Foreign Office lashes out at Russia's 'Section 28' law

Russian police arrest Volker Beck, a German lawyer after he was beaten by opponents of a gay-pride in front of Moscow City Hall in 2006.
Russian police arrest Volker Beck, a German lawye after he was beaten by opponents of a gay-pride in front of Moscow City Hall in 2006.r

By Ian Dunt

A Russian law which equates homosexuality with paedophilia has been attacked by the Foreign Office, as relations between the two countries reach a new low.

The law, which fines groups and individuals for "public actions aimed at propaganda of pederasty, lesbianism, bisexuality, and transgenderism among minors" is an attempt to criminalise gay public protests in Russia, campaigners say.

"We, along with a number of EU partners, have strong concerns about this legislation and made these concerns known to the St Petersburg Legislative Assembly," a Foreign Office spokesperson told

The bill could not come at a worse time for Anglo-Russian relations, with the two countries still at loggerheads over Russia's veto of a UN resolution on the violence in Syria.

Speaking during PMQs this afternoon, David Cameron said: "Russians have to look at their consciences and think about what they have done".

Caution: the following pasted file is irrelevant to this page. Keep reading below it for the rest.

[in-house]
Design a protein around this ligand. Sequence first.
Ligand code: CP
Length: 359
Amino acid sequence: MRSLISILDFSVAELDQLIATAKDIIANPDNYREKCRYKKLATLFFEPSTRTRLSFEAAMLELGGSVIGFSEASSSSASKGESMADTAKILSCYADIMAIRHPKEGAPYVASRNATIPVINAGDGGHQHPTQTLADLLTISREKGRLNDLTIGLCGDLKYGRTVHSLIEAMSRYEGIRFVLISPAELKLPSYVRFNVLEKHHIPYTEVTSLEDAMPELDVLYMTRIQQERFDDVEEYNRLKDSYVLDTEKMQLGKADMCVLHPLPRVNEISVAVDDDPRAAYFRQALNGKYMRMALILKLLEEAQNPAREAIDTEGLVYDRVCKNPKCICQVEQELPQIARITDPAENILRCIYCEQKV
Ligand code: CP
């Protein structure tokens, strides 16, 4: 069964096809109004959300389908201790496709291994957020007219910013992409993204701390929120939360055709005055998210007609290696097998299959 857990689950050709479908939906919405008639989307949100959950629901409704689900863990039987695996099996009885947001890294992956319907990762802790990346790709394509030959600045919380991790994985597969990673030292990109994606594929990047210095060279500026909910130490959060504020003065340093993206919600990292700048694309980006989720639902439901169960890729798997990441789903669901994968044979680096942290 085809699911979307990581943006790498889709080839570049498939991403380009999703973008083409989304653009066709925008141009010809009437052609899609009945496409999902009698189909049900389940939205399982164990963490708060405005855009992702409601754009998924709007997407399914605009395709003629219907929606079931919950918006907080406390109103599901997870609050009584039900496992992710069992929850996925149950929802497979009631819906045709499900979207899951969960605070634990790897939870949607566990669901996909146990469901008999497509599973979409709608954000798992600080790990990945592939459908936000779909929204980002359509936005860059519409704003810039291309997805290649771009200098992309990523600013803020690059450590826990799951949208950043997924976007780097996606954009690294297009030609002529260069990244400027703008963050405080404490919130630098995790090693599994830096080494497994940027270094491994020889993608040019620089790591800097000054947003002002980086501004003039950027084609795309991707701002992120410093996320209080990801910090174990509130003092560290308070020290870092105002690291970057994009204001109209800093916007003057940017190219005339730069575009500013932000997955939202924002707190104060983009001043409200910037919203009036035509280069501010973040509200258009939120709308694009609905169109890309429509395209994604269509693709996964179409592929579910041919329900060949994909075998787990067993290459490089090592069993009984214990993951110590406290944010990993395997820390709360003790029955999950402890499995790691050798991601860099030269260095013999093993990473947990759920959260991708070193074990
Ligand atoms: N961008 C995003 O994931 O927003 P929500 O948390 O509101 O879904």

The draft bill banning "homosexual propaganda" was passed by the St Petersburg City Duma tonight. It is still to be signed into law by St. Petersburg’s Mayor.

Several activists were arrested outside the parliament building while protesting the law.

Campaigners fear it will serve as a model for imposing federal restrictions on LGBT [lesbian, gay, bisexual and transsexual] people.

The law was developed by the United Russia party, which Russian president Dmitry Medvedev and prime minister Vladimir Putin both belong to.

"It’s a Russian version of Section 28 [the Thatcher-era law which banned local authority from 'promoting' homosexuality]," gay rights campaign Peter Tatchell told

"This would criminalise any education campaign or public protest in support of LGBT rights where there was a possibility that young people might witness it.

"Although its ostensibly aimed at protecting minors its remit is so sweeping it would criminalise nearly all LGBT free expression and protest."

Campaigners fear even books and cinema screenings could fall under the law's remit.

"The bill doesn't touch upon the human rights of the LGBT community," said the initiator of the bill, United Russia deputy Vitaly Milonov.

"It deals purely with the direct propaganda among minors. Such propaganda is banned on the federal level and we as a regional body are only imposing sanctions."

EU foreign secretary Catherine Ashton pledged to take up the issue with prime minister Putin. The US State Department also vowed to voice its concerns to the Russian embassy.

Campaigners say the law contradicts Russia's own constitution, which guarantees the right to free assembly and expression as well as a number of international treaties.

Gay rights have consistently faced state violence in Russia.

Moscow's gay pride marches were regularly banned by Moscow City Hall, while the demonstration was attacked by a homophobic mob in 2006, 2007 and 2008.


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